The bar area with high chairs in metal frames and leather upholstery, and the Cage upstairs form the main seating area

Grid X, the private party space reveals artwork by Mumbai based Ideaspice Design and attention grabbing wall created by chipping off the existing plaster in stripe-like pattern

The reception imagined as a frosted and textured glass vestibule offers a glimpse of the material language and vibe present inside

Left: Inside the Cage, the reflective flooring and ceiling create an interesting illusion of being suspended in an infinitely expanding grid with glowing orbs within it. Right: The creatives from Busride Design Studio incorporated eccentric elements throughout the microbrewery.
Photographs by Capture Photos & Films, Kolkata courtesy The Grid

The smoking room overlooks The Grid and houses aluminium seaters

Mad, eccentric elements make up the interiors of this Kolkata based microbrewery

by Ayaz Basrai Jan 19, 2017 The Grid, a 10,000 sq ft microbrewery was an open canvas really. Our team's plan at The Busride Design Studio, Mumbai was to figure out an intriguing way of laying out the outlet with a bar, private dining area, kitchen and all other paraphernalia. We co-developed the brief with our clients, so individual ideas were worked on for each space. We asked ourselves – “What’s it like to sit above a microbrewery? What’s the intersection between a grid and insanity? What does the city look like within a matrix?” The big goal was to consider the entire space as a conventional layout, subdivide it on a framework and use a Rubik’s cube approach to remix everything.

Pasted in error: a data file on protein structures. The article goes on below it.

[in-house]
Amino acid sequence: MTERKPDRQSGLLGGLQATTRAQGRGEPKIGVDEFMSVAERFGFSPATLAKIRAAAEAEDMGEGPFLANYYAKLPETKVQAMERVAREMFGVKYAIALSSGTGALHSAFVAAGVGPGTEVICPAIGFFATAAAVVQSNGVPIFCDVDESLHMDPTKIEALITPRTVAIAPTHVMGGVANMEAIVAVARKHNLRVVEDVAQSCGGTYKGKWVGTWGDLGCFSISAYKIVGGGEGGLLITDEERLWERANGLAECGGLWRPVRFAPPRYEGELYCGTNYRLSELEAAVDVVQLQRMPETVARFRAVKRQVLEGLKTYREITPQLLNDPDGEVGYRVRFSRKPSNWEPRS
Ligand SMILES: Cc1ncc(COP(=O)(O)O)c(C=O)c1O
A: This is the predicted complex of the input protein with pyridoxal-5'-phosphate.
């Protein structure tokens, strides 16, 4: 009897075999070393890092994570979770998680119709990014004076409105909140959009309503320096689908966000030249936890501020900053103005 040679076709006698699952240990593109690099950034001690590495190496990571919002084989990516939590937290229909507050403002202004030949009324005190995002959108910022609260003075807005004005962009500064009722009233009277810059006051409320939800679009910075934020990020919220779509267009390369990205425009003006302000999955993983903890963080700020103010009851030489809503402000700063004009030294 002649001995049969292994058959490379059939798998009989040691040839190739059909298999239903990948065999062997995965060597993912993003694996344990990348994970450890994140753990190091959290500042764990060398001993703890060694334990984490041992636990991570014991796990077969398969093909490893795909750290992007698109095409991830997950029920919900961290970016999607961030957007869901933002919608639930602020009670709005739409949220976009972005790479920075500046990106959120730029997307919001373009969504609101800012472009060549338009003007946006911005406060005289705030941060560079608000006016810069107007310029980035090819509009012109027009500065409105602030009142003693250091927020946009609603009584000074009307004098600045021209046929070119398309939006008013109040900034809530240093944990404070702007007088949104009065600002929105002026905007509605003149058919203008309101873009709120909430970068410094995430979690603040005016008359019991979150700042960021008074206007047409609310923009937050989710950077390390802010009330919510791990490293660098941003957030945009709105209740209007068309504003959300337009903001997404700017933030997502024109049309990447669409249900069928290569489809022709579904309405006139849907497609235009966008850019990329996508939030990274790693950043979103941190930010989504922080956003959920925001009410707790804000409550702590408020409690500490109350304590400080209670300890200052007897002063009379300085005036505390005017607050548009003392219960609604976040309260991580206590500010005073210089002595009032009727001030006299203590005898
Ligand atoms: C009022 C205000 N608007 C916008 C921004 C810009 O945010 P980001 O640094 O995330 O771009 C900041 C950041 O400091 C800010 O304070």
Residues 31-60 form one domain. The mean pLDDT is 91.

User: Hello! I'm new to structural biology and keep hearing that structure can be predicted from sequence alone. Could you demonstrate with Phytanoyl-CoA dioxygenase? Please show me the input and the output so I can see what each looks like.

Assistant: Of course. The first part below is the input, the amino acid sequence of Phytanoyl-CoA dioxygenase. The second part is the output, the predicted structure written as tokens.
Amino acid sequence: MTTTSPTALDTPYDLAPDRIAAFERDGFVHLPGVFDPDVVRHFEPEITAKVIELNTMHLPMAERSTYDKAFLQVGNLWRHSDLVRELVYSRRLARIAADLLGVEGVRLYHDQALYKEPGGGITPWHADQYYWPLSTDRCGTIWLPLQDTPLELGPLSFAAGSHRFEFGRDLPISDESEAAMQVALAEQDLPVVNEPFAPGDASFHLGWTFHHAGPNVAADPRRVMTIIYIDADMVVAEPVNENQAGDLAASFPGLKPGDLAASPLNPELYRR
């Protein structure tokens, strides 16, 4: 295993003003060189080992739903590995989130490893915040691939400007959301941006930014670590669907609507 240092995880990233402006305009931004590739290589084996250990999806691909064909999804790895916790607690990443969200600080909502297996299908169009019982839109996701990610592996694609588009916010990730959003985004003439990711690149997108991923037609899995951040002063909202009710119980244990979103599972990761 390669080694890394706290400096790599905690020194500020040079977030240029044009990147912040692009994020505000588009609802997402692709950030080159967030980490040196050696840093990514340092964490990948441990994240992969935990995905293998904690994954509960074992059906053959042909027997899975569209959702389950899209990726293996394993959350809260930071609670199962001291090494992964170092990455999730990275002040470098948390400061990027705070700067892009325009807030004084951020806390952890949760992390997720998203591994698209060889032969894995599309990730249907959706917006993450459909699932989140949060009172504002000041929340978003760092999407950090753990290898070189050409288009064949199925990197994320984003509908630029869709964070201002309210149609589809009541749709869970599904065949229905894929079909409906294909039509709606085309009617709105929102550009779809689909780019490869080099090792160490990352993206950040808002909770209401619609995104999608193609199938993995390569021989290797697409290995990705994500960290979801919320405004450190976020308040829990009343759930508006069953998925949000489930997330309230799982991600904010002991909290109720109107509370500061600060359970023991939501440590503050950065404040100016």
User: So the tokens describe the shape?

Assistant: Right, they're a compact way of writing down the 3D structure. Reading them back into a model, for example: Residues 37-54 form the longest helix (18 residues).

The place employs a host of materials. At the bar, we decided to create a whole diorama in a 6 x 6 inch dense mesh – kind of an infographic of the hard working city. We were excited about its LEGO-like design. Our team had workshops on it, incrementally putting together almost 100 different scenes that eventually became the bar facade. The Asylum corner was an interesting inquiry too, where we worked loosely with what the love child of “insanity” and the “grid” would look like. So we made a 1 x 1 inch upholstered cutaway “lunatic corner”, which fitted into one of the vignettes. While working on an unique project like this, I realised that as designers we’re taught to fear ambiguity and tackle it as soon as it emerges. But introducing a lot more of it into processes is a definite key learning for me personally.


The smoking room overlooks The Grid and houses aluminium seaters